The #, ~, ., % &, and % d commands flag many files for deletion, based on their file names:
Flag all auto-save files (files whose names start and end with ‘#’) for deletion (see Auto Save).
Flag all backup files (files whose names end with ‘~’) for deletion (see Backup).
Flag excess numeric backup files for deletion. The oldest and newest few backup files of any one file are exempt; the middle ones are flagged.
Flag for deletion all files with certain kinds of names which suggest you could easily create those files again.
Flag for deletion all files whose names match the regular expression regexp.
dired-flag-auto-save-files) flags all files whose
names look like auto-save files—that is, files whose names begin and
end with ‘#’. See Auto Save.
dired-flag-backup-files) flags all files whose names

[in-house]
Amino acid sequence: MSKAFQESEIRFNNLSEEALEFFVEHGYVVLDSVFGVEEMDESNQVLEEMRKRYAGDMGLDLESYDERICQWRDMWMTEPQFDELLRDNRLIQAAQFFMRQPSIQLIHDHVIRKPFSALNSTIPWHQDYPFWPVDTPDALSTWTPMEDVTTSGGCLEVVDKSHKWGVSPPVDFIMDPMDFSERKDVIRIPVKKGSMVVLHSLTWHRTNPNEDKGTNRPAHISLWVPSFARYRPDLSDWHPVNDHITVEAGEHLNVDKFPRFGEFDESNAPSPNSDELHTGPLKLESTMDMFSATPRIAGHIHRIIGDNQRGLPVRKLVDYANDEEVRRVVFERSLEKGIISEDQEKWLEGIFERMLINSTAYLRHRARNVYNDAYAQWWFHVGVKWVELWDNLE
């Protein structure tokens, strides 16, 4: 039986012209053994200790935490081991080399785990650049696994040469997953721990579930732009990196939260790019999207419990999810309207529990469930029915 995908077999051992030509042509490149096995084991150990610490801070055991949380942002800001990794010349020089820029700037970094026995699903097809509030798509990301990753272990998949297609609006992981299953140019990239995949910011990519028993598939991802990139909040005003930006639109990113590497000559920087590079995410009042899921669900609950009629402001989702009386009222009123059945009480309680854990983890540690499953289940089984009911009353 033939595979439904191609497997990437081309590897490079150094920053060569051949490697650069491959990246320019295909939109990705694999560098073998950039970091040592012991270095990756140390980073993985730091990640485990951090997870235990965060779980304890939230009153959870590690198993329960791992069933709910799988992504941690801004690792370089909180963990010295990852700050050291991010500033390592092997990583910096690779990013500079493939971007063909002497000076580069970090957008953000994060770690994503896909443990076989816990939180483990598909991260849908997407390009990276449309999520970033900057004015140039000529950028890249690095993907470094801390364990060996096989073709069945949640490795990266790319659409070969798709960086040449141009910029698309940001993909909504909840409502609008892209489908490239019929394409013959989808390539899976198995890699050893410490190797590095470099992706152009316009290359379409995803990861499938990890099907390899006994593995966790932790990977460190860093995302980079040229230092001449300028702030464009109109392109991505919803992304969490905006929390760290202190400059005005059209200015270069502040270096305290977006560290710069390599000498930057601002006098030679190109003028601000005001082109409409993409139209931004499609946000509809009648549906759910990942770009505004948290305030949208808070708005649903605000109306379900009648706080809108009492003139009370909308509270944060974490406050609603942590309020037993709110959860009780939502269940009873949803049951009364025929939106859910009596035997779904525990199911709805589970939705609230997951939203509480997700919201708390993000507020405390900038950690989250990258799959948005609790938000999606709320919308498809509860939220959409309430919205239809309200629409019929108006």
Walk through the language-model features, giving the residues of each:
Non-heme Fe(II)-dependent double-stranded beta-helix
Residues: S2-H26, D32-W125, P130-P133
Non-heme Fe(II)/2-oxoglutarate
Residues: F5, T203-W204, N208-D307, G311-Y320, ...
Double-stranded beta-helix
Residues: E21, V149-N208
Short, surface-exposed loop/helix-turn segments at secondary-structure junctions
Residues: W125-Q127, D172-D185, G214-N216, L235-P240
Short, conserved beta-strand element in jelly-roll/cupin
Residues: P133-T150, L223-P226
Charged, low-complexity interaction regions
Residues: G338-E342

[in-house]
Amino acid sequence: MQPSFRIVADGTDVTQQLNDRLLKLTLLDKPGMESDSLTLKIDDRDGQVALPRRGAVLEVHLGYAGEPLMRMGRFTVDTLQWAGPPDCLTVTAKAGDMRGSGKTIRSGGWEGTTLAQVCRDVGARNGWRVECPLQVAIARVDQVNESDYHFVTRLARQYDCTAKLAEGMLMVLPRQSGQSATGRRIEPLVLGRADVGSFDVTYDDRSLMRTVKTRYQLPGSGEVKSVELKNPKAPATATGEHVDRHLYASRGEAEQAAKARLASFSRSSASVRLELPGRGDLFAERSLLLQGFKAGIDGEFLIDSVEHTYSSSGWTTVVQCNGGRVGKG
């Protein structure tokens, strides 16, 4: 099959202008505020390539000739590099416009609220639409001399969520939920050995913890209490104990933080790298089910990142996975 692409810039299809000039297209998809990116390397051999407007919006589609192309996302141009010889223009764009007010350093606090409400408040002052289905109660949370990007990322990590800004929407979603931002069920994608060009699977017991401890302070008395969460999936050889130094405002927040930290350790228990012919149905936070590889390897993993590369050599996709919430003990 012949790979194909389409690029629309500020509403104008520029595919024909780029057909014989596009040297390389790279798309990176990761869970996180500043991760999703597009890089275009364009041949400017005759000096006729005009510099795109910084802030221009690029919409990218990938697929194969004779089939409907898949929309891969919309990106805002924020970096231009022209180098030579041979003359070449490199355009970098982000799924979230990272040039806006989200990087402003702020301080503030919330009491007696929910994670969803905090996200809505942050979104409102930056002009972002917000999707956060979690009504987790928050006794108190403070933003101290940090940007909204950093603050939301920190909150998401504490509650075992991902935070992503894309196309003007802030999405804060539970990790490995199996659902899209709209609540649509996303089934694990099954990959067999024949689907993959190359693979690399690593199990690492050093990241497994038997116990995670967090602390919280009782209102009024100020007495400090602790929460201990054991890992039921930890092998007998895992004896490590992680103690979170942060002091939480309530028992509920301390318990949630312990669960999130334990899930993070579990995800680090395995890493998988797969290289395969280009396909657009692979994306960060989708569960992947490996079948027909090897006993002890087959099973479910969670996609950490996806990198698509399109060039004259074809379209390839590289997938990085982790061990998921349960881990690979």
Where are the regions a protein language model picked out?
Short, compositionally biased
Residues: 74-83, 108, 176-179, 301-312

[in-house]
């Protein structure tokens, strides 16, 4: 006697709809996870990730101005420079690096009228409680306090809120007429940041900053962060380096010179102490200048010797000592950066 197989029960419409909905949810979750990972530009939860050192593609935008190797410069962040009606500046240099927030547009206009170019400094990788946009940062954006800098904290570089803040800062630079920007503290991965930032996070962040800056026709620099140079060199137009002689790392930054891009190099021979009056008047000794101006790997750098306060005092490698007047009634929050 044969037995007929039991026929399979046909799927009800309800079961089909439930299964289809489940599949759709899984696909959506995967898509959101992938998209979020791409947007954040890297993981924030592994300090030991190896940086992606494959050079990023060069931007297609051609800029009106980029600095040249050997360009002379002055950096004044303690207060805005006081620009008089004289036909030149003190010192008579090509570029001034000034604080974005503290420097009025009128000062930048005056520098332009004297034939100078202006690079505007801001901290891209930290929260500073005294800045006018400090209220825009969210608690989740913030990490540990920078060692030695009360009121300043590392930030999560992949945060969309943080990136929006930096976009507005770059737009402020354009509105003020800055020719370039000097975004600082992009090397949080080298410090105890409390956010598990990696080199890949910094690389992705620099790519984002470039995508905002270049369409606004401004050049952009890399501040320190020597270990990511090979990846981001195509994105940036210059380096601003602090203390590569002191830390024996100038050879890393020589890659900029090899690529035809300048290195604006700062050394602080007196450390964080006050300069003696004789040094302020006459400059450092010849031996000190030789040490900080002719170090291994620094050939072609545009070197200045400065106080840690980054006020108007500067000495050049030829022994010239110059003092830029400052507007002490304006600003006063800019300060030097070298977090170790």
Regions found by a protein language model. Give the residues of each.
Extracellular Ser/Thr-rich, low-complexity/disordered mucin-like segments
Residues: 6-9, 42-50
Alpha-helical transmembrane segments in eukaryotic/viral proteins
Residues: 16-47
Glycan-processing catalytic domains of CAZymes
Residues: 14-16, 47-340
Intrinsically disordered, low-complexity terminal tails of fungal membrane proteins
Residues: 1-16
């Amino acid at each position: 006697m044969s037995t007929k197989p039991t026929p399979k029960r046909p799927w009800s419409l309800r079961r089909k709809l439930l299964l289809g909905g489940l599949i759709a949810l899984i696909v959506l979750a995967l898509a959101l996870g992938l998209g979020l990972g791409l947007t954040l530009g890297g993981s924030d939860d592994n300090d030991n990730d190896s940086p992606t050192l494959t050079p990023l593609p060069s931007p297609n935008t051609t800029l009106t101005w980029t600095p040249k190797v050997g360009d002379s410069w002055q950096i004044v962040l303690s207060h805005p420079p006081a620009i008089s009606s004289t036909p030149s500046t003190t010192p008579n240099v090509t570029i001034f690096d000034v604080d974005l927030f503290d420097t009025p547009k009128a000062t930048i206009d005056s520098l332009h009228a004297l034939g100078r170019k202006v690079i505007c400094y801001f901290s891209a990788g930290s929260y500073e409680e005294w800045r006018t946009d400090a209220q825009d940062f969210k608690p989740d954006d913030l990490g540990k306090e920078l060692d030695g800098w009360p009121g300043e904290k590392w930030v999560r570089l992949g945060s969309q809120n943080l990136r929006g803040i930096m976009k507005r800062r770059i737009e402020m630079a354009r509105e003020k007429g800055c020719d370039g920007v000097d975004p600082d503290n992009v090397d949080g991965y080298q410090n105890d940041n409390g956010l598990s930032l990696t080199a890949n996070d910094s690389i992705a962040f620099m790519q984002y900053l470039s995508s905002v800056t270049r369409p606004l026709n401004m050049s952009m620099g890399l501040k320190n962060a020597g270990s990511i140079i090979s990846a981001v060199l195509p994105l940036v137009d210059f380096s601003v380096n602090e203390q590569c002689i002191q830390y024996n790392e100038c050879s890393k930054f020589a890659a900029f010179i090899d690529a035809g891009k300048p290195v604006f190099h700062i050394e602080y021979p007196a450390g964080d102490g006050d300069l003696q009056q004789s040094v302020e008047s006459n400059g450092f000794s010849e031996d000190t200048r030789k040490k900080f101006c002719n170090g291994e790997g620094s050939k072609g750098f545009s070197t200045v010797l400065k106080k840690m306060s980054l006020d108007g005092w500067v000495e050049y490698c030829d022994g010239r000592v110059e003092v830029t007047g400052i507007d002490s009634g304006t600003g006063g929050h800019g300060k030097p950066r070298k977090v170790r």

say they are backup files—that is, files whose names end in
‘~’. See Backup.
dired-clean-directory) flags just some of
the backup files for deletion: all but the oldest few and newest few
backups of any one file. Normally, the number of newest versions kept
for each file is given by the variable dired-kept-versions
(not kept-new-versions; that applies only when saving).
The number of oldest versions to keep is given by the variable
Period with a positive numeric argument, as in C-u 3 ., specifies the number of newest versions to keep, overriding dired-kept-versions. A negative numeric argument overrides kept-old-versions, using minus the value of the argument to specify the number of oldest versions of each file to keep.
% & (
dired-flag-garbage-files) flags files whose names
match the regular expression specified by the variable
dired-garbage-files-regexp. By default, this matches certain
files produced by TeX, ‘.bak’ files, and the ‘.orig’ and
‘.rej’ files produced by
% d flags all files whose names match a specified regular
dired-flag-files-regexp). Only the non-directory
part of the file name is used in matching. You can use ‘^’ and
‘$’ to anchor matches. You can exclude certain subdirectories
from marking by hiding them while you use % d. See Hiding Subdirectories.